Time management is such a funny phrase. We all banter it about like we understand it, but really what does it mean? My definition of Time Management is getting done what you have to do so there is time to do what you want to do. There is such a wealth of information and tools to help manage your time – but as with everything I espouse IF IT’S NOT EASY, IT’S TOO HARD.
What works? Here are some simple strategies you can implement starting now:
Set meetings with start and end times: When setting appointments, meetings and networking don’t just set a start time SET AN END TIME. If I’ve budgeted an hour for a coffee meeting and the person I’m meeting budgets two than one of us is going to be disappointed. When setting meetings make it clear: “I’ve got us down from 1pm to 2pm”
Stay in control of interruptions: You don’t have to answer the phone when it rings – but if it is someone you want to talk to there are techniques that you can use that will keep you from getting off course. State up front how much time you have (or want to invest): “I’ve got 20 minutes”
Give your work a time budget. Just like you know how much money you’ll spend for an item ($18 entrée ok…$38 entrée too much) think about how much time is reasonable to spend on a specific task (1 hour ok…3 hours too much). If I have deemed a project to be worth one hours’ worth of time not only will I set a timer for an hour to cue me to stop, but I’ll set another for 45 minutes, so I know when I have 15 minutes left. Always ask yourself “how much time is this task worth?”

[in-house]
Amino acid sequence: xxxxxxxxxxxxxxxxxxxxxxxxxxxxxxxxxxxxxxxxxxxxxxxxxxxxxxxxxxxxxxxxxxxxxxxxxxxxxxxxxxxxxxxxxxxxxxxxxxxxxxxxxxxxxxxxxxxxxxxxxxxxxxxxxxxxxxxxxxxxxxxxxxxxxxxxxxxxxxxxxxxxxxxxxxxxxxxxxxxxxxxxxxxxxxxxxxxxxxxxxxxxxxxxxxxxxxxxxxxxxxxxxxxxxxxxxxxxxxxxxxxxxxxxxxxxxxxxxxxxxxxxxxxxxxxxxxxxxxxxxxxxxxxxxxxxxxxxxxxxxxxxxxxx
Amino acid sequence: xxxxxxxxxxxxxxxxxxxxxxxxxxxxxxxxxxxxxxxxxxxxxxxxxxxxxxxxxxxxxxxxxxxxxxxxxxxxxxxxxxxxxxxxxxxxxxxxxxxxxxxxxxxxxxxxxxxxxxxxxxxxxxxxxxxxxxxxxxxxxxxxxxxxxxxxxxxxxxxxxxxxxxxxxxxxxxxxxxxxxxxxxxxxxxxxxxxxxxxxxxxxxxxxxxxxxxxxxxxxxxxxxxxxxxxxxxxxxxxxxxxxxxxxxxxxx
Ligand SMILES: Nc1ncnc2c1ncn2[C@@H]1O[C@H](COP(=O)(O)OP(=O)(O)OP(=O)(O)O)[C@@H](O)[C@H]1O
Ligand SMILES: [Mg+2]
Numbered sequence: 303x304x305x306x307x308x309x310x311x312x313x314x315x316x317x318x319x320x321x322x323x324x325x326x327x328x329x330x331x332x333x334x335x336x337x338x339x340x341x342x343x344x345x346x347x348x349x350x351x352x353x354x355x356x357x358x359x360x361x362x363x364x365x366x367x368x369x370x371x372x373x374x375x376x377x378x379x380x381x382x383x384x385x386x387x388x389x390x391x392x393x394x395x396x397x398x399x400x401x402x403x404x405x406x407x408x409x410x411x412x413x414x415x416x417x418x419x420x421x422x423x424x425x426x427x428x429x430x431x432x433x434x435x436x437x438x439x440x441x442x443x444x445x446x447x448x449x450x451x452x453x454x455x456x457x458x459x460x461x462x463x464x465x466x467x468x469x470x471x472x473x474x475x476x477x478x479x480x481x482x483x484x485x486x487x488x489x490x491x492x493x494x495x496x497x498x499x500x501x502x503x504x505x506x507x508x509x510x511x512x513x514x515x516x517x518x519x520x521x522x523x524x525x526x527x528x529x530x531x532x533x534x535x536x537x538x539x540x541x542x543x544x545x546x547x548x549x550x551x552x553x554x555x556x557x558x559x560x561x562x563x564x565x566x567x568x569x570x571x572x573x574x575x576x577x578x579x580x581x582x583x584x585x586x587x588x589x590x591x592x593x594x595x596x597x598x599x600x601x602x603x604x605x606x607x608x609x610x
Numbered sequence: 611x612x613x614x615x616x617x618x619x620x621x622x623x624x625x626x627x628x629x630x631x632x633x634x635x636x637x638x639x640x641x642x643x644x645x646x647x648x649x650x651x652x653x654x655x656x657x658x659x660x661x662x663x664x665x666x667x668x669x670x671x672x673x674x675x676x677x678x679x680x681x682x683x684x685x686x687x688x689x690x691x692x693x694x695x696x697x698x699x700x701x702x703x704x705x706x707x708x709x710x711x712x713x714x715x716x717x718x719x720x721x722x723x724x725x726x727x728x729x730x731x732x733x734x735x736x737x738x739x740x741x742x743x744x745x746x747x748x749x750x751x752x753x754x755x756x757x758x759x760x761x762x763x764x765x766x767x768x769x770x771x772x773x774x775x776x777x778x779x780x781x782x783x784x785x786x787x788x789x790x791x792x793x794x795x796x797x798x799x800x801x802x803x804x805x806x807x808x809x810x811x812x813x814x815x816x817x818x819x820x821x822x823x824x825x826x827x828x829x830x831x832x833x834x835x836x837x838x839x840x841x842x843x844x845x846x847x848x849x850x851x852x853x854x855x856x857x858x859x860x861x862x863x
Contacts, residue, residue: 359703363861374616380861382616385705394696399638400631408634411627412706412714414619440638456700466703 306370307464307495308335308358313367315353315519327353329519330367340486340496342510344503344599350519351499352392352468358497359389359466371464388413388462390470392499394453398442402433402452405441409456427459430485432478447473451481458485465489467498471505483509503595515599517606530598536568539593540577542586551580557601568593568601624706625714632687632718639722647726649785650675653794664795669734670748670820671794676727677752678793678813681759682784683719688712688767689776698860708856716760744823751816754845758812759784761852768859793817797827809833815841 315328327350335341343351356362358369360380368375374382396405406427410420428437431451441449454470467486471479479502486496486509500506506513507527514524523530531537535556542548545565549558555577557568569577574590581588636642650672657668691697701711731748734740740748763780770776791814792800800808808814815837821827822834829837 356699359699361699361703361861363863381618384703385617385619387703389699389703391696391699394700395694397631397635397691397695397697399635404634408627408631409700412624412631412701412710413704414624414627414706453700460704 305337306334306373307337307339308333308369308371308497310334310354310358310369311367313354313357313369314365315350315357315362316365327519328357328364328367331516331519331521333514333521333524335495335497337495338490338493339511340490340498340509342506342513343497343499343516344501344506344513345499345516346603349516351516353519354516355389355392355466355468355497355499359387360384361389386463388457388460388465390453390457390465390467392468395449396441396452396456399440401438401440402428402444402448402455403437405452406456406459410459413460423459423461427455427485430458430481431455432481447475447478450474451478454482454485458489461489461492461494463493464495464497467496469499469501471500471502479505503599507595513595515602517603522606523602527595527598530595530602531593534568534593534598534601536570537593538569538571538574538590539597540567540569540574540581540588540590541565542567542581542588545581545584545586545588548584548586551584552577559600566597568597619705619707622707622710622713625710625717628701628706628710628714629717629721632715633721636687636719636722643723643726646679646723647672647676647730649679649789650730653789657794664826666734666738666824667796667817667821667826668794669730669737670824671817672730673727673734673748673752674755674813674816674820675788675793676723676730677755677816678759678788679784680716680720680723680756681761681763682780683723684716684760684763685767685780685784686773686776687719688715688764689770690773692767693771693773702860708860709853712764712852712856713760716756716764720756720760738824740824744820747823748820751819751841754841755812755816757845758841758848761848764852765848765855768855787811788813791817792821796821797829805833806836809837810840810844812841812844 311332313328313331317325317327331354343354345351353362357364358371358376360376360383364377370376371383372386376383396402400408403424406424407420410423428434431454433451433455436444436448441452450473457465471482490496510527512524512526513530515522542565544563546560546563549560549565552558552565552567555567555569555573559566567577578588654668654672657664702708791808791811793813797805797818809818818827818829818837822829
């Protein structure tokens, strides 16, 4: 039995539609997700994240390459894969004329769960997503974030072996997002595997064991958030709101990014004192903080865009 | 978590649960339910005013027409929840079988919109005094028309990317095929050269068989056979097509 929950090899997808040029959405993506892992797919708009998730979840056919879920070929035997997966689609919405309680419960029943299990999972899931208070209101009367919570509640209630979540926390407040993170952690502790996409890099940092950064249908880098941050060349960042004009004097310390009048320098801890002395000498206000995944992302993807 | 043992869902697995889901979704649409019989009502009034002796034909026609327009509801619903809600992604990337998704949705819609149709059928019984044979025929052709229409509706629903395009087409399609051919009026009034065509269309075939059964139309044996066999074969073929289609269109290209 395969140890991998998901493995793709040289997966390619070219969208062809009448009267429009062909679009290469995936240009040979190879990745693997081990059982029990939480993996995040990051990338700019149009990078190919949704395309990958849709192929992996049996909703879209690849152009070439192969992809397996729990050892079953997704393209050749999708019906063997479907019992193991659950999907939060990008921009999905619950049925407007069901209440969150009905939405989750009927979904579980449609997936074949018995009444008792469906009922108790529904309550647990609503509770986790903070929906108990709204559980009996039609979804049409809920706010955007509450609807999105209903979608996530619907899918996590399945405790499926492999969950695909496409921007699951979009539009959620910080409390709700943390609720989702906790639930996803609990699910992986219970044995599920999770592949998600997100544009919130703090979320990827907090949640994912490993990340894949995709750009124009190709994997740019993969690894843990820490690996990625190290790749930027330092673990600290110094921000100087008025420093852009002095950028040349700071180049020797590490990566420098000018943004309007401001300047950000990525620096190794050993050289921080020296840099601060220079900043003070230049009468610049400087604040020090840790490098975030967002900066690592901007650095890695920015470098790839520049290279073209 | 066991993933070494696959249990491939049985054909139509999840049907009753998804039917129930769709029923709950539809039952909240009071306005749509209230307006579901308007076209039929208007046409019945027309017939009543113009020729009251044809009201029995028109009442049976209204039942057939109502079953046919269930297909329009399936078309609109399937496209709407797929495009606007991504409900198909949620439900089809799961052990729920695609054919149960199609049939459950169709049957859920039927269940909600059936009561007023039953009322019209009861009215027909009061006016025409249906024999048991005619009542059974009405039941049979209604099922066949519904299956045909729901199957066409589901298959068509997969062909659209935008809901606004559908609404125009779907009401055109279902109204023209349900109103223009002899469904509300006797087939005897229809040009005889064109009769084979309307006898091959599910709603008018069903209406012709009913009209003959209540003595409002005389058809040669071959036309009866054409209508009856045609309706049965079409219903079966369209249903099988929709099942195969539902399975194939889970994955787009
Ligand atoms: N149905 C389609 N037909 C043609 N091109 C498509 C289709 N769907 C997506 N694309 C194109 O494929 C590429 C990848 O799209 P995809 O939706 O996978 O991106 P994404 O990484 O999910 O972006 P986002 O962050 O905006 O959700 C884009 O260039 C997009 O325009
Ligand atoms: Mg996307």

When determining your time commitment keep in mind Pareto’s Principal (the 80/20 guy I talk about all the time.) You will accomplish 80% of your work in 20% of the time. That means if you meet someone for coffee/lunch/networking you’ll have held the most important parts of the conversation in the first hour, anything additional contributes minimally.
The only reason to get organized is to get something you want but don’t have. I’m sure you’re familiar with Maslow’s hierarchy of needs, but have you ever thought about this from an organizational perspective. Getting organized and being more productive is a direct way to satisfy a basic human need.
But how do you motivate yourself to GET ORGANIZED?
Focus on what you want, not what you don’t want:
Don’t say: I can never find anything
Do say: I want to be able to find what I need it when I need it
Understand the benefits of getting organized:
Your most important work gets done
You waste less time looking for things you know you have but can’t find
You spend less money buying things you know you already have
You have peace of mind and are able to enjoy life more
Define “organized” on your own terms:
Organized doesn’t mean pristine or perfect
Organized means you can find what you need when you need it
Let go of perfection and go for “organized enough”
My motivation to be organized is Peace of Mind What’s yours?